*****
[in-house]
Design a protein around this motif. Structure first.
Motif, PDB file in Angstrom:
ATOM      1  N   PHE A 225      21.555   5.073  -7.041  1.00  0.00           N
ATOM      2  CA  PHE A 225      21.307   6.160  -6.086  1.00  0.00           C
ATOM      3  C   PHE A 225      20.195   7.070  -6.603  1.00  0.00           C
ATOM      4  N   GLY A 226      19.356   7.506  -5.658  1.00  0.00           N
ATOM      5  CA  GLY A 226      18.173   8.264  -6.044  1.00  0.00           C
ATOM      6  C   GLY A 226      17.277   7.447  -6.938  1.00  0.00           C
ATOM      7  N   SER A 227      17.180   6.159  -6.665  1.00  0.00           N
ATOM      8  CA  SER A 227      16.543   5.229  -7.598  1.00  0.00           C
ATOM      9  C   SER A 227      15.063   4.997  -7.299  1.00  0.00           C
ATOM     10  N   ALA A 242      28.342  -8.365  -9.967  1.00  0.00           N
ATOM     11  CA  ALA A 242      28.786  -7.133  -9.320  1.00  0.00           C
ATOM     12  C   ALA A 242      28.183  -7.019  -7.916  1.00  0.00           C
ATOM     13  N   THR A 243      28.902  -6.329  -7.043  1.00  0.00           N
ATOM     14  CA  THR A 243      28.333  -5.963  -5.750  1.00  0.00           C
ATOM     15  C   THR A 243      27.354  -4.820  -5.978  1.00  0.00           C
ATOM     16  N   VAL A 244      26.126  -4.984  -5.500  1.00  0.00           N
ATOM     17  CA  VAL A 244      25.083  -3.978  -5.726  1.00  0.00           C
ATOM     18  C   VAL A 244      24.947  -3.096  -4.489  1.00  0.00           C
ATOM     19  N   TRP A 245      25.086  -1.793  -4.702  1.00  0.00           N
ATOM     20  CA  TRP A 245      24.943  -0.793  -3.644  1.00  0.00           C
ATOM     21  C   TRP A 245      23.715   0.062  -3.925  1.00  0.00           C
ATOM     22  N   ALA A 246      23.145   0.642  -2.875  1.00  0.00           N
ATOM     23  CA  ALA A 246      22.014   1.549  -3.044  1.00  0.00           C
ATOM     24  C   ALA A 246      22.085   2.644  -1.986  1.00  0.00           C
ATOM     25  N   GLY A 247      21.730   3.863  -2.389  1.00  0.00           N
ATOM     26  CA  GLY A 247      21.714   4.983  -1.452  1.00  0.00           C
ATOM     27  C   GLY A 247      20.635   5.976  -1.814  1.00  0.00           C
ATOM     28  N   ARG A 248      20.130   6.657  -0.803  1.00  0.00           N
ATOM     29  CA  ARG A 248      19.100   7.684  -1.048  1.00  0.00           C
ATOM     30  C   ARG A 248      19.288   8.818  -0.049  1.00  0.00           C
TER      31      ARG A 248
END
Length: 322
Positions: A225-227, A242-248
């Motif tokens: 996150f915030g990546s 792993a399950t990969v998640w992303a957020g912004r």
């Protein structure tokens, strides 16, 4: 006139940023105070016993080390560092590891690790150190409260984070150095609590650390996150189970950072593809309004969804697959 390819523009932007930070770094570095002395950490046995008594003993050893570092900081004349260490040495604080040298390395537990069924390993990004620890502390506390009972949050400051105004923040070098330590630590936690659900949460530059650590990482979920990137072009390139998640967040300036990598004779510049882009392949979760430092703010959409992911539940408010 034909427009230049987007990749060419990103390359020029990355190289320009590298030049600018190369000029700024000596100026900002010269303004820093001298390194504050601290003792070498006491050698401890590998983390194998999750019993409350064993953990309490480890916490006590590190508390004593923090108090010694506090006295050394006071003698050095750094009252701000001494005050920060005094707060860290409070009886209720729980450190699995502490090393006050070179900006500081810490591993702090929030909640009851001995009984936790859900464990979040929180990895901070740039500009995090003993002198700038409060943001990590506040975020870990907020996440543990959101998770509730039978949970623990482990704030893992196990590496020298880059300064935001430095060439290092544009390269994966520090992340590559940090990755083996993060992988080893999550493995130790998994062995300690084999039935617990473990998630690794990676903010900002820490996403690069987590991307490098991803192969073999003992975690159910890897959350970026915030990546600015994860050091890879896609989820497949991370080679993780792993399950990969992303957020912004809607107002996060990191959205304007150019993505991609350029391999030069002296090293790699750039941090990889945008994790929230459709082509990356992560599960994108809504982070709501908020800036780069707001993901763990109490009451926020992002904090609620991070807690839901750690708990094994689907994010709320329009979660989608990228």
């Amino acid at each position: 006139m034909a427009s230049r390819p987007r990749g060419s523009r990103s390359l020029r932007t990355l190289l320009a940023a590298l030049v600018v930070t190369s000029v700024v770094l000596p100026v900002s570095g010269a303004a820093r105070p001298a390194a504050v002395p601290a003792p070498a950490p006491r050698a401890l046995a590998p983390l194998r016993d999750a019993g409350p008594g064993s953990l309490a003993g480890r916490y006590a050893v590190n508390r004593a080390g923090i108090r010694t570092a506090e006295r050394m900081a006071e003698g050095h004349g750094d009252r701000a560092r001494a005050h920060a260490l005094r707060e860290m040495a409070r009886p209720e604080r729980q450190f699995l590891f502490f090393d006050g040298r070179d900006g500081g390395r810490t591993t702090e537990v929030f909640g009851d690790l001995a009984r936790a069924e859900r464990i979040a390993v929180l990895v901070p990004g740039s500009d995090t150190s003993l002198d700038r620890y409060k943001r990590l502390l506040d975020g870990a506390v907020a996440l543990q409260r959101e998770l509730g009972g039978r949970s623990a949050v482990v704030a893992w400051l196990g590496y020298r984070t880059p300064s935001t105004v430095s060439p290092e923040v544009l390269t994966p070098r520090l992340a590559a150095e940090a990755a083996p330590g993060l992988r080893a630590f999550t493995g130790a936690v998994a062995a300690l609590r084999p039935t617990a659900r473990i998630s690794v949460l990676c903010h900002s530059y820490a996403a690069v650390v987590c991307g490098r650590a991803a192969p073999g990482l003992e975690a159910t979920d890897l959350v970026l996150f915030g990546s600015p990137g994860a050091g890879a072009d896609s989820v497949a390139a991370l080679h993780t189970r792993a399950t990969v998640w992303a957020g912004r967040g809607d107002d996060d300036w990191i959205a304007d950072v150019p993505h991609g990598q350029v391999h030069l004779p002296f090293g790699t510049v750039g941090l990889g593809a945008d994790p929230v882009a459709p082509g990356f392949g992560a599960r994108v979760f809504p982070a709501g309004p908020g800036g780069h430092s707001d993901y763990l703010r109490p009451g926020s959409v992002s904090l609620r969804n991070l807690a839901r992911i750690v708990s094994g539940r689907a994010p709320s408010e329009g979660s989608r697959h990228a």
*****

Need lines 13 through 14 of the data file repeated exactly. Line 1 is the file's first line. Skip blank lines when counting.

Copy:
ATOM     10  N   ALA A 242      28.342  -8.365  -9.967  1.00  0.00           N
ATOM     11  CA  ALA A 242      28.786  -7.133  -9.320  1.00  0.00           C